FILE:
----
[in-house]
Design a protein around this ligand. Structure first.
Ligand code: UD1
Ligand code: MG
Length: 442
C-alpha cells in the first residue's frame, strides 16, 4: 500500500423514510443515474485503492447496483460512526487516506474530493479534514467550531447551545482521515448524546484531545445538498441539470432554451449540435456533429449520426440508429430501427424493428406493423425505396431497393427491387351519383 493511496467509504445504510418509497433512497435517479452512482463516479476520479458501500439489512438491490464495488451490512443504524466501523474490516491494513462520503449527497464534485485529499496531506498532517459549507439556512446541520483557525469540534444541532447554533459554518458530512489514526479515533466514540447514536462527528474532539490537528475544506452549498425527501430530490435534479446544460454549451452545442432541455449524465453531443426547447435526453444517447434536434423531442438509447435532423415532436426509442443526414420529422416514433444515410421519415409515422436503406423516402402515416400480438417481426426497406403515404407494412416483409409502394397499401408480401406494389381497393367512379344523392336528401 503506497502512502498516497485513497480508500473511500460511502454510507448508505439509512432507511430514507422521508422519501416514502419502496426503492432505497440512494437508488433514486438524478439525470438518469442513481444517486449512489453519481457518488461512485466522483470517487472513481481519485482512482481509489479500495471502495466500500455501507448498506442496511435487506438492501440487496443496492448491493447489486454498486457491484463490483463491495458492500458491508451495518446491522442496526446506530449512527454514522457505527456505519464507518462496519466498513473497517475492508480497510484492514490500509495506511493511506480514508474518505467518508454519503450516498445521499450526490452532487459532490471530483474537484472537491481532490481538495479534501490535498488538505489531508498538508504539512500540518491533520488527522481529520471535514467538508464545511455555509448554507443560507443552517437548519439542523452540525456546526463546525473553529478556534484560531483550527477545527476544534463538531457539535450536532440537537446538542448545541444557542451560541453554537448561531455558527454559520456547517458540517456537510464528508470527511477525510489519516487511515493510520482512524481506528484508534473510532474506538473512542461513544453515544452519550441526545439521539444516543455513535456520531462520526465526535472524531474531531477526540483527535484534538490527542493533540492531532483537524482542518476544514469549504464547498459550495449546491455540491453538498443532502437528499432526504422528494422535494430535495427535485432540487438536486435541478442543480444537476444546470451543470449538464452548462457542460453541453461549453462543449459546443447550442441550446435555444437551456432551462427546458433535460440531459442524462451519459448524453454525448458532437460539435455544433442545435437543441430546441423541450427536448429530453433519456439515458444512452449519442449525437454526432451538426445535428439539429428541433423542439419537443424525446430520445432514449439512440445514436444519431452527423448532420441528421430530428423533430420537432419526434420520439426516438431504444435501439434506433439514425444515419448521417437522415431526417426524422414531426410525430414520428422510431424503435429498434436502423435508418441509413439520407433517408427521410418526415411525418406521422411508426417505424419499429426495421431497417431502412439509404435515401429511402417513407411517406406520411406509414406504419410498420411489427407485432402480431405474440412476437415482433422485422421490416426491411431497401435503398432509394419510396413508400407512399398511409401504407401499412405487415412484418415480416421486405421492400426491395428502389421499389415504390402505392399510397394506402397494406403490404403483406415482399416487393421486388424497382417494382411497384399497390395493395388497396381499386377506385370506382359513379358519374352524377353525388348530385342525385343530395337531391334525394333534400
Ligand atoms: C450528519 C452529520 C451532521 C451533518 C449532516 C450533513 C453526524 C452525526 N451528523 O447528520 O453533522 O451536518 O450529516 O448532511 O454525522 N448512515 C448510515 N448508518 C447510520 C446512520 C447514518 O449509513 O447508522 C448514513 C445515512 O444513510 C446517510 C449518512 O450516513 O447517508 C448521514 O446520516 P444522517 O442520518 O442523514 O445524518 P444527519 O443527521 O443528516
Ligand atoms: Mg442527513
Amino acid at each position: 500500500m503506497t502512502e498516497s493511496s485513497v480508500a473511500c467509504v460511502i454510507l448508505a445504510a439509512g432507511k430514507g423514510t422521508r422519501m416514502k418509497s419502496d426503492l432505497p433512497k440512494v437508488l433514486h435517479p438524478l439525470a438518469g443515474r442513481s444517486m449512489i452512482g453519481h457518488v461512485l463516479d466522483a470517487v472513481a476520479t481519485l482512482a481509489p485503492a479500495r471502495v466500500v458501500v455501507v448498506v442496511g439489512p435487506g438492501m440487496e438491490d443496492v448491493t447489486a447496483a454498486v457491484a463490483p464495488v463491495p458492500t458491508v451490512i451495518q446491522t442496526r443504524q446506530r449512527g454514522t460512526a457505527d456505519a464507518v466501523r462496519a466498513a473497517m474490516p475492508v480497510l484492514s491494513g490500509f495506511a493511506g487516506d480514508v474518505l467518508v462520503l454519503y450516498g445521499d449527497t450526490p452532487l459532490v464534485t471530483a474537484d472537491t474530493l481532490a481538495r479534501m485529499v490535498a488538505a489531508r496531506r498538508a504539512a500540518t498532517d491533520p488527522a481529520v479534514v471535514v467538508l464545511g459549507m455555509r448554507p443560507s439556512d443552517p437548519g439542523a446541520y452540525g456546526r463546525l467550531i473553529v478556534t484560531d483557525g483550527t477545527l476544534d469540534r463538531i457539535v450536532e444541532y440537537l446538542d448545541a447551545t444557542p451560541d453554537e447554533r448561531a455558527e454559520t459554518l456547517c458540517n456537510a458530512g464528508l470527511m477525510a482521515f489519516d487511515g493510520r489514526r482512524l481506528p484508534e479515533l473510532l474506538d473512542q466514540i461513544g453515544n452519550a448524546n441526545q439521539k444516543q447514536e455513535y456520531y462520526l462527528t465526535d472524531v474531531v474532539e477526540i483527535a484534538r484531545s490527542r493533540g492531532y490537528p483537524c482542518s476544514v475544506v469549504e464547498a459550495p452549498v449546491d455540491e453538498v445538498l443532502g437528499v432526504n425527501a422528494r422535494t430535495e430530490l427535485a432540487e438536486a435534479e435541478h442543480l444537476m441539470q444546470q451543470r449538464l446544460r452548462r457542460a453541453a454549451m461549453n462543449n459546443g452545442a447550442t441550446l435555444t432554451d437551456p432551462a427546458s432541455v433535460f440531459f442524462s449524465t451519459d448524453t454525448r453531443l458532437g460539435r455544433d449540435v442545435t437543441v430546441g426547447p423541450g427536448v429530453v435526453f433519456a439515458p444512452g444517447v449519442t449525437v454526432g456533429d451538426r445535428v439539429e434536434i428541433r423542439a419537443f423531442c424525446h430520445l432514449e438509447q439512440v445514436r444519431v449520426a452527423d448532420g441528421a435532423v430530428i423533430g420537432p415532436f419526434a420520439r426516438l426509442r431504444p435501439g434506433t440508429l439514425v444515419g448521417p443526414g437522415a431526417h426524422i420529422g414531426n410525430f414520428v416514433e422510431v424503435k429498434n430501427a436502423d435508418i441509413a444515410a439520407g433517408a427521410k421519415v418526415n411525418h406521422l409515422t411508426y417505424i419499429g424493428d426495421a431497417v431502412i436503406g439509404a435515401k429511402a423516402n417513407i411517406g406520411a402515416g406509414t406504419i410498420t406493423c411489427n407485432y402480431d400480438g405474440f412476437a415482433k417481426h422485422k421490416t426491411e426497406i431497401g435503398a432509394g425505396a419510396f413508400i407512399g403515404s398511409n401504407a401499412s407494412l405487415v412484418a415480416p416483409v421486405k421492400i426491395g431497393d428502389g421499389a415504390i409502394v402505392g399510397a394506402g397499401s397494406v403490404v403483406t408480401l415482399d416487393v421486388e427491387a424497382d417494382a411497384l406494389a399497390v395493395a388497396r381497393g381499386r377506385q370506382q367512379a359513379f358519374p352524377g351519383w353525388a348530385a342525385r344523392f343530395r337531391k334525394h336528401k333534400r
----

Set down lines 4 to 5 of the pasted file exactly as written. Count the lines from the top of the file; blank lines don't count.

Ligand code: MG
Length: 442